“The first stations include some of our busiest and most well-known destinations and we’re on-track for a successful launch this summer – all delivered at no additional cost to fare payers or taxpayers.”

Parts of Canada Water Station will also be covered by the London Overground’s new wifi service which will be provided by The Cloud.

Transport for London is considering whether it can reopen the public toilets at Canada Water station, says Simon Hughes MP.

The MP says a TfL source told him that the public toilets at the station were closed last year because of ‘safety concerns’.

However, Mr Hughes has discovered that although there was a report of a serious assault, the subsequent police investigation found this report to be false.

“I understand TfL’s reasons for closing the public toilets at Canada Water tube station a year ago,” he said.

“However, I do not think it is acceptable that they did not follow up with the local police to find out whether their safety concerns were legitimate.

“Directing commuters to use either the toilets in the Canada Water library or the toilets at Tesco Surrey Quays is far from ideal.

“I am pleased that TfL is reviewing their decision and as long as there are provisions in place to ensure that the public toilets are safe, I believe many people would be very relieved to see the toilets reopened.”

TfL and Olympics organisers have published their latest assessment of the impact of the games on the capital’s transport network

Trains passing through Canada Water Underground station will be much busier during the Games due to the Jubilee line services already being full with spectators travelling to and from events at ExCeL, North Greenwich Arena and the Olympic Park.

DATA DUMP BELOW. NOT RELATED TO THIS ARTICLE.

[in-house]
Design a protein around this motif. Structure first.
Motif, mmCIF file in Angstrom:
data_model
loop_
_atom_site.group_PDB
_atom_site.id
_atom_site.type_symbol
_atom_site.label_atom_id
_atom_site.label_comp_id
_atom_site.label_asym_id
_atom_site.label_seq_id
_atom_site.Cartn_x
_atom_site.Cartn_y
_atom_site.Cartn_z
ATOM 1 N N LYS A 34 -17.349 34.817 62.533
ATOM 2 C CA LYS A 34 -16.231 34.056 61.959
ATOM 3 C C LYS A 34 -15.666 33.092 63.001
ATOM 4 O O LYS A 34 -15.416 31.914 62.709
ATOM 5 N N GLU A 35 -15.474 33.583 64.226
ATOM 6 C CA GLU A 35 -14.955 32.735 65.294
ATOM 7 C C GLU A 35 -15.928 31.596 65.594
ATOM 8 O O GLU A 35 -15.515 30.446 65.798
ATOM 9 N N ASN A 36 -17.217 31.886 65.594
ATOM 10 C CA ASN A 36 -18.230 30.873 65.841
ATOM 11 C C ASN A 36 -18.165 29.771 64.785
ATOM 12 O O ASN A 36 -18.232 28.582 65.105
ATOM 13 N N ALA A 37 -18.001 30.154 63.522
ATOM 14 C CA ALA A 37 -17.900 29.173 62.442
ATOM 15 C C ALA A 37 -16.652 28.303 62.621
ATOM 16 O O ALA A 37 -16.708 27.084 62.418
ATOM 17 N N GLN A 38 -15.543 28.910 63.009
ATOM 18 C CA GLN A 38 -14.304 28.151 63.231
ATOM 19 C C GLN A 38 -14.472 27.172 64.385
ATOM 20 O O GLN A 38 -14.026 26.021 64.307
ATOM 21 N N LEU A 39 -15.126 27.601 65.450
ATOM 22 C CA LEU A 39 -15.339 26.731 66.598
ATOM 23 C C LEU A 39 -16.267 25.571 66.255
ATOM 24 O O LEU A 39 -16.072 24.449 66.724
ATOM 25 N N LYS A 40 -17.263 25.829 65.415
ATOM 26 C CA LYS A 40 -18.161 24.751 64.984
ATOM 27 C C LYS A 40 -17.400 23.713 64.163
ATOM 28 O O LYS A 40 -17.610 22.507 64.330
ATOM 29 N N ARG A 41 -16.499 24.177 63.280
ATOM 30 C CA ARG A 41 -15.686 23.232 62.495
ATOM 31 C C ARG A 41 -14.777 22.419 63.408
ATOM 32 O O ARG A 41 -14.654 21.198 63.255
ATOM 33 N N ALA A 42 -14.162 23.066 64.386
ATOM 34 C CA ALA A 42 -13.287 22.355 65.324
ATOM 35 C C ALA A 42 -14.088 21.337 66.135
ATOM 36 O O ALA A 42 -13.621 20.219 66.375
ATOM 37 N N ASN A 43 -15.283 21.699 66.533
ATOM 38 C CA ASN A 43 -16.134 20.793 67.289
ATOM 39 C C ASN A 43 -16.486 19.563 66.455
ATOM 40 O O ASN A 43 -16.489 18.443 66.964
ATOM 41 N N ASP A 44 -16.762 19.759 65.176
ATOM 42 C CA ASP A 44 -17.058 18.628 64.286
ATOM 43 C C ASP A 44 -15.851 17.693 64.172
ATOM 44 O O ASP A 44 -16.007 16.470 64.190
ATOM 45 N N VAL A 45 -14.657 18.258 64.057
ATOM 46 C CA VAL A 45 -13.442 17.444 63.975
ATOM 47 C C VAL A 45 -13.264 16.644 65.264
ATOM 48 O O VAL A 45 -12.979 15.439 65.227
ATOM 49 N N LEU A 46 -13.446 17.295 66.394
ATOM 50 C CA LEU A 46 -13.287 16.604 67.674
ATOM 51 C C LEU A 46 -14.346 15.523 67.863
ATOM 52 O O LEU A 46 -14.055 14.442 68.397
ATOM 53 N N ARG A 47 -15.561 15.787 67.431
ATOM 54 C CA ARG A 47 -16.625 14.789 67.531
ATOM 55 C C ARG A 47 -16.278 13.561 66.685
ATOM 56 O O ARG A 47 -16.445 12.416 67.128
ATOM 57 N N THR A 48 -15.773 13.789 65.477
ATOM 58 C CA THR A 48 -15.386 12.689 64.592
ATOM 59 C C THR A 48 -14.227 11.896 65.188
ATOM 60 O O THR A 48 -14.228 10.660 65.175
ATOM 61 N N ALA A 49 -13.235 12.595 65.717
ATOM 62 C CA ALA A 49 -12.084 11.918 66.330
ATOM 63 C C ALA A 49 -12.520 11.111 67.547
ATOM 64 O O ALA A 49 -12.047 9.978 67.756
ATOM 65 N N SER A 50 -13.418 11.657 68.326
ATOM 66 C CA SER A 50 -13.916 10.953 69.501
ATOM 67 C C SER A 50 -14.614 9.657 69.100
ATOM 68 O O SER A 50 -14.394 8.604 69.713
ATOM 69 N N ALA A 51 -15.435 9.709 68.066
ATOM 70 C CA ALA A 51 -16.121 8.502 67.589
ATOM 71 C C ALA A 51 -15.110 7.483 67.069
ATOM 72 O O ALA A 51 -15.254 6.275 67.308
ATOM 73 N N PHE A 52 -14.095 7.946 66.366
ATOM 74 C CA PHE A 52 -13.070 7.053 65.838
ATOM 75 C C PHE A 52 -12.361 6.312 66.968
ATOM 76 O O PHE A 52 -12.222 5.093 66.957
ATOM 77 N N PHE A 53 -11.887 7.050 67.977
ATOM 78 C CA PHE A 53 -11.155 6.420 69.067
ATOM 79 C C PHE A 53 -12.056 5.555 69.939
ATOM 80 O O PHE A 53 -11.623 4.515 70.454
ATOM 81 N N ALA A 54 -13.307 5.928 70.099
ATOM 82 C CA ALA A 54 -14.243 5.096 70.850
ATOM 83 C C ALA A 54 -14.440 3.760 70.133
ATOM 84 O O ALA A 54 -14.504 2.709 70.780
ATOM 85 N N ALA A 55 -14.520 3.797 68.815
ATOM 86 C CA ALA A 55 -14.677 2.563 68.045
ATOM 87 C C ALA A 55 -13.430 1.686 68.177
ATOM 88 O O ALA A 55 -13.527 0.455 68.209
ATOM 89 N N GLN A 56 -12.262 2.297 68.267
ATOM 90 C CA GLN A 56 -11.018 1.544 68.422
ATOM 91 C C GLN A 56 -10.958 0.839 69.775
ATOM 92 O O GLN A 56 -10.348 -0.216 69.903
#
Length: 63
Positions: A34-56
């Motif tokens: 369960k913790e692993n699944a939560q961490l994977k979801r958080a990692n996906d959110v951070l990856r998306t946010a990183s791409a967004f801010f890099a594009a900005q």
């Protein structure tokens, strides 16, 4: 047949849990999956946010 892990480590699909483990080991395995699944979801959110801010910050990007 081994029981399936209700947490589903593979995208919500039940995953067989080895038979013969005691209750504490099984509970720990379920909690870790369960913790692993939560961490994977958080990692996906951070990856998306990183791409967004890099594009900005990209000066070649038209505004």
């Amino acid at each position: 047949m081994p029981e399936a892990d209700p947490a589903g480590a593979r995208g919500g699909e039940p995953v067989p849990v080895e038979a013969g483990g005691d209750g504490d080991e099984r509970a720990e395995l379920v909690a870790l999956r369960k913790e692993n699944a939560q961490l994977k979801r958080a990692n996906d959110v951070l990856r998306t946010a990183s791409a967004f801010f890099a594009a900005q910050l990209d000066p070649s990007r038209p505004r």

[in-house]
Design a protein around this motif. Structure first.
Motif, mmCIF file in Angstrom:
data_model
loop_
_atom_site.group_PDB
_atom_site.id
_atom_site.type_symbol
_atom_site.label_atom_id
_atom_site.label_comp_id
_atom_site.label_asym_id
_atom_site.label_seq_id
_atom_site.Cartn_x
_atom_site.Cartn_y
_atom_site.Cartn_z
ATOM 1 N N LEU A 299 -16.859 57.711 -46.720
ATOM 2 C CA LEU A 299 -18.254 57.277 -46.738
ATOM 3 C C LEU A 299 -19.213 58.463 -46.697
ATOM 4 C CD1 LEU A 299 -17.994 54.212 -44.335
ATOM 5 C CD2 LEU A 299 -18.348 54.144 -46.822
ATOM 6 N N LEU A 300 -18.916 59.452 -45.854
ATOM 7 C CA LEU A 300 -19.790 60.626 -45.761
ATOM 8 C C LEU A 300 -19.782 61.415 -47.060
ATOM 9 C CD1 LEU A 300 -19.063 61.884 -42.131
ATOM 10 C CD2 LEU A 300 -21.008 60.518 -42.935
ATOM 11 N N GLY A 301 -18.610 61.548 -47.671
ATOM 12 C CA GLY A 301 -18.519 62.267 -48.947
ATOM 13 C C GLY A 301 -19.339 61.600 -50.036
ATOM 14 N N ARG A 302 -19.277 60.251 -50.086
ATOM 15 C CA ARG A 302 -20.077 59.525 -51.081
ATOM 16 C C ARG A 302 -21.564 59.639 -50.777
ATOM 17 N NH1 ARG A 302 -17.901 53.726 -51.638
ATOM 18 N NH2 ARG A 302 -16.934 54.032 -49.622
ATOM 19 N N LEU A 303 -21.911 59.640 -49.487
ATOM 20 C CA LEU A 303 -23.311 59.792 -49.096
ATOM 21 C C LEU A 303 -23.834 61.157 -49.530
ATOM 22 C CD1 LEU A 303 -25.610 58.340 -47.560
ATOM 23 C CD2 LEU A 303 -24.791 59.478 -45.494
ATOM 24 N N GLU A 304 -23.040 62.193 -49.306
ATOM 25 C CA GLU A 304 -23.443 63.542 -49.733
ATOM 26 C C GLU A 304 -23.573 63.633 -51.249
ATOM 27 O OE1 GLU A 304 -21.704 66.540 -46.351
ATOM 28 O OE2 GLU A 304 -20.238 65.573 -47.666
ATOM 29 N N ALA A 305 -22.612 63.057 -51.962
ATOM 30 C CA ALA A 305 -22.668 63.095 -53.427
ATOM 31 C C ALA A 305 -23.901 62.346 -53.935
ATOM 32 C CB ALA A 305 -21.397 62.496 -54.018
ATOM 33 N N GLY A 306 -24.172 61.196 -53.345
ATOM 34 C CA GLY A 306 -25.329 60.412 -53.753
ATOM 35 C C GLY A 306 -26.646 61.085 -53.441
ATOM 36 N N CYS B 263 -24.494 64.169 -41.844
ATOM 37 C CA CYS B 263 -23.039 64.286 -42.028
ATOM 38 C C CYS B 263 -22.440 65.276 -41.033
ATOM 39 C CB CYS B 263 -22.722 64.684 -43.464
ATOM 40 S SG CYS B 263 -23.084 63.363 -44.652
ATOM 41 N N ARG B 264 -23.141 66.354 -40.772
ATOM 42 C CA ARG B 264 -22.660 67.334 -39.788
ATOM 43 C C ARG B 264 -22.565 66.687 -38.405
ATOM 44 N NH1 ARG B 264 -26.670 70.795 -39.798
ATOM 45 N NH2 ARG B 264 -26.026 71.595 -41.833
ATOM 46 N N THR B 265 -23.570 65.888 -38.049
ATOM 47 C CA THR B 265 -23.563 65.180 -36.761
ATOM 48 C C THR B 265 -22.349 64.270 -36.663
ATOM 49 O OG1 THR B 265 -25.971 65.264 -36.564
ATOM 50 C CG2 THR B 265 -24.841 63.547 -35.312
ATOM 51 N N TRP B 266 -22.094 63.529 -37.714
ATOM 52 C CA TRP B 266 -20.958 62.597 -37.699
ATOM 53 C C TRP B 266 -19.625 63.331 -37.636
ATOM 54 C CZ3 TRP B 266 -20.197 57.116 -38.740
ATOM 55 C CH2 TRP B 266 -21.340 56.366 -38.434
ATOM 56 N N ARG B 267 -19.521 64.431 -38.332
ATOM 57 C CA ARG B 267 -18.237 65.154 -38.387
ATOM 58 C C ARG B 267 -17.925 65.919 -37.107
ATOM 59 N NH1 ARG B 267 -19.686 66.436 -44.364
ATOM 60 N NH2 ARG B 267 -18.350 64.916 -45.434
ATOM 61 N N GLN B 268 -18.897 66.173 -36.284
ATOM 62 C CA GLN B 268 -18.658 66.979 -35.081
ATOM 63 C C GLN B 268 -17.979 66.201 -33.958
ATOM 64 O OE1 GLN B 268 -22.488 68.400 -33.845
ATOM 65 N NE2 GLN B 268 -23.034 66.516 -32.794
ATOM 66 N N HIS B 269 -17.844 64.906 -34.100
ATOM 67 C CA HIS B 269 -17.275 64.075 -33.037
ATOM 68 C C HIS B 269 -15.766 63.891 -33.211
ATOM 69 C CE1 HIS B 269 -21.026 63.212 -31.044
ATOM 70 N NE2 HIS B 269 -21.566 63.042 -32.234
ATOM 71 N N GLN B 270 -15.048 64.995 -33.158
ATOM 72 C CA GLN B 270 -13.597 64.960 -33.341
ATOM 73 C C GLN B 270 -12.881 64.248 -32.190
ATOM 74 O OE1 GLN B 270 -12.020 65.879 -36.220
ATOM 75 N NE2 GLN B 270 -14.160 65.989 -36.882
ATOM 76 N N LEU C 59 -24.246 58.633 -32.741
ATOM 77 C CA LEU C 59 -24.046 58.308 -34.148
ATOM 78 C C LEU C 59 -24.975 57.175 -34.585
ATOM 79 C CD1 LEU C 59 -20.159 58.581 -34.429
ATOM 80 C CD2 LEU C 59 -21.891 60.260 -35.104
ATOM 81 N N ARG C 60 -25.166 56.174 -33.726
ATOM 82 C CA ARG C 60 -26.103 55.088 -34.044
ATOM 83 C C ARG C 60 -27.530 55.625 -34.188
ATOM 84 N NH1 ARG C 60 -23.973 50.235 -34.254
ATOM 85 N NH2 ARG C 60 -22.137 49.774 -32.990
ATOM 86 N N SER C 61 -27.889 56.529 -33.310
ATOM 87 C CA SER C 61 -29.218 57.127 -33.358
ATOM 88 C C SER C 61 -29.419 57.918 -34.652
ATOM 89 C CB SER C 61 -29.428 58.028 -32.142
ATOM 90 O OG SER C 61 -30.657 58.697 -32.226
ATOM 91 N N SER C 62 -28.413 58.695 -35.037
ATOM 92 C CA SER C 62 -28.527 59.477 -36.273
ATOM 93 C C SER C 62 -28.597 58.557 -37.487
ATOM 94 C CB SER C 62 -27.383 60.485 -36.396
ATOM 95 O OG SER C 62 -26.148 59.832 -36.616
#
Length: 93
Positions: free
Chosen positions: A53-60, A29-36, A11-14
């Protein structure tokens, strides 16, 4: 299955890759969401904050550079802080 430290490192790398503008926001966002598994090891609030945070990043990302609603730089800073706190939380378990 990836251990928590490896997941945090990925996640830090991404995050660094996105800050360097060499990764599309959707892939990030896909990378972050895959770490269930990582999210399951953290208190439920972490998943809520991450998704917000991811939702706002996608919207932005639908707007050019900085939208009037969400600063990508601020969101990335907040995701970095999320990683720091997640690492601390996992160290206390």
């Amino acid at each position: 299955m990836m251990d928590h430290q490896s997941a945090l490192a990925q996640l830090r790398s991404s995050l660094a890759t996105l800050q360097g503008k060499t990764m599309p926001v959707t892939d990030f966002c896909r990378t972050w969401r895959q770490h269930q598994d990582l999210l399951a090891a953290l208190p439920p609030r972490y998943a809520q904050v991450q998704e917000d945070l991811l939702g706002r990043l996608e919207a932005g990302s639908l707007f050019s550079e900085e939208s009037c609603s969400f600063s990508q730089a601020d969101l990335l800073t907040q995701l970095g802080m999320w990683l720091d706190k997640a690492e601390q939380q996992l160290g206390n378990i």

It will be very difficult to board Jubilee line trains at this station at the busiest times, especially in the morning and evening.

via Canada Water | Get Ahead of the Games.

Bermondsey station will be exceptionally busy in the morning peak between 7-11am. It will be very difficult to board eastbound Jubilee line trains due to spectators travelling to venues in the Olympic Park and at ExCeL and the North Greenwich Arena.

via Bermondsey | Get Ahead of the Games.

The Queen and Duke of Edinburgh will visit Greenland Pier on the morning of Wednesday 25 April to name the new royal row barge ‘Gloriana’ that has been built for the Queen’s Diamond Jubilee Pageant in June.

‘Gloriana’ was lowered into the water for the first time on Thursday at Isleworth.

The royal visitors will stop off at Greenland Pier on their way to Greenwich for the reopening of the Cutty Sark and the opening of the Royal River exhibition at the National Maritime Museum.

Greenland Pier will be closed on Wednesday morning and the westbound services at 0944; 1004; 1029; 1059 1129 and eastbound sailings at 1055 and 1113 will not stop at the pier.

“KPMG Thames Clippers are delighted to provide Greenland Pier for this important event and apologise to customers for any inconvenience caused to your intended journey,” said the company in an email to passengers on Friday.